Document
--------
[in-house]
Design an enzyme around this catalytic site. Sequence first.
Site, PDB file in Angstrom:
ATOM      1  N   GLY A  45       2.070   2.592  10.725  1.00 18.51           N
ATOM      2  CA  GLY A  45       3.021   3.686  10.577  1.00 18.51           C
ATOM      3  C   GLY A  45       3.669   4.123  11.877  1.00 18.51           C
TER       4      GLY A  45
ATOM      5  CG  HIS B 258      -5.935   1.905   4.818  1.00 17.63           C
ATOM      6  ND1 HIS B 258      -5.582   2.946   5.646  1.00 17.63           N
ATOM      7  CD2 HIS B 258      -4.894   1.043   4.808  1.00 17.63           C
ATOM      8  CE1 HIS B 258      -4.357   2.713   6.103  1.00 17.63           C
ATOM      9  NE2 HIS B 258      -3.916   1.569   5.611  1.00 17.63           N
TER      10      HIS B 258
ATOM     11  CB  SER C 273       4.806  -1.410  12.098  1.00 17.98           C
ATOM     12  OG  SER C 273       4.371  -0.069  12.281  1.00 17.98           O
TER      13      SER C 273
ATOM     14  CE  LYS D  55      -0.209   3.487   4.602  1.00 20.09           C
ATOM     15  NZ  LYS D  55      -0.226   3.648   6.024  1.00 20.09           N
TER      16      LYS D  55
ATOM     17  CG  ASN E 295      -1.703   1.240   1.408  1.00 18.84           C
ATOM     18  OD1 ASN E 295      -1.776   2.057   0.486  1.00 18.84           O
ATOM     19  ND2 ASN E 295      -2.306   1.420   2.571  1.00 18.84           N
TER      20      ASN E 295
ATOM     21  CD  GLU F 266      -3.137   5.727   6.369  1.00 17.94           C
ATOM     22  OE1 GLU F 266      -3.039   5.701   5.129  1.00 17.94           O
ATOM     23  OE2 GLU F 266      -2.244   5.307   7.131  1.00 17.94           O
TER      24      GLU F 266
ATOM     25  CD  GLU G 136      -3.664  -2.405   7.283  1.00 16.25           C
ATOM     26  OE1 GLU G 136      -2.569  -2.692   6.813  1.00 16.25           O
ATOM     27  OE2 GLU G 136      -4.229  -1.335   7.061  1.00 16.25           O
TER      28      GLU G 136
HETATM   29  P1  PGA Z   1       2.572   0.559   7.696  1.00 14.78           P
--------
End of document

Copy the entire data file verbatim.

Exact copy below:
[in-house]
Design an enzyme around this catalytic site. Sequence first.
Site, PDB file in Angstrom:
ATOM      1  N   GLY A  45       2.070   2.592  10.725  1.00 18.51           N
ATOM      2  CA  GLY A  45       3.021   3.686  10.577  1.00 18.51           C
ATOM      3  C   GLY A  45       3.669   4.123  11.877  1.00 18.51           C
TER       4      GLY A  45
ATOM      5  CG  HIS B 258      -5.935   1.905   4.818  1.00 17.63           C
ATOM      6  ND1 HIS B 258      -5.582   2.946   5.646  1.00 17.63           N
ATOM      7  CD2 HIS B 258      -4.894   1.043   4.808  1.00 17.63           C
ATOM      8  CE1 HIS B 258      -4.357   2.713   6.103  1.00 17.63           C
ATOM      9  NE2 HIS B 258      -3.916   1.569   5.611  1.00 17.63           N
TER      10      HIS B 258
ATOM     11  CB  SER C 273       4.806  -1.410  12.098  1.00 17.98           C
ATOM     12  OG  SER C 273       4.371  -0.069  12.281  1.00 17.98           O
TER      13      SER C 273
ATOM     14  CE  LYS D  55      -0.209   3.487   4.602  1.00 20.09           C
ATOM     15  NZ  LYS D  55      -0.226   3.648   6.024  1.00 20.09           N
TER      16      LYS D  55
ATOM     17  CG  ASN E 295      -1.703   1.240   1.408  1.00 18.84           C
ATOM     18  OD1 ASN E 295      -1.776   2.057   0.486  1.00 18.84           O
ATOM     19  ND2 ASN E 295      -2.306   1.420   2.571  1.00 18.84           N
TER      20      ASN E 295
ATOM     21  CD  GLU F 266      -3.137   5.727   6.369  1.00 17.94           C
ATOM     22  OE1 GLU F 266      -3.039   5.701   5.129  1.00 17.94           O
ATOM     23  OE2 GLU F 266      -2.244   5.307   7.131  1.00 17.94           O
TER      24      GLU F 266
ATOM     25  CD  GLU G 136      -3.664  -2.405   7.283  1.00 16.25           C
ATOM     26  OE1 GLU G 136      -2.569  -2.692   6.813  1.00 16.25           O
ATOM     27  OE2 GLU G 136      -4.229  -1.335   7.061  1.00 16.25           O
TER      28      GLU G 136
HETATM   29  P1  PGA Z   1       2.572   0.559   7.696  1.00 14.78           P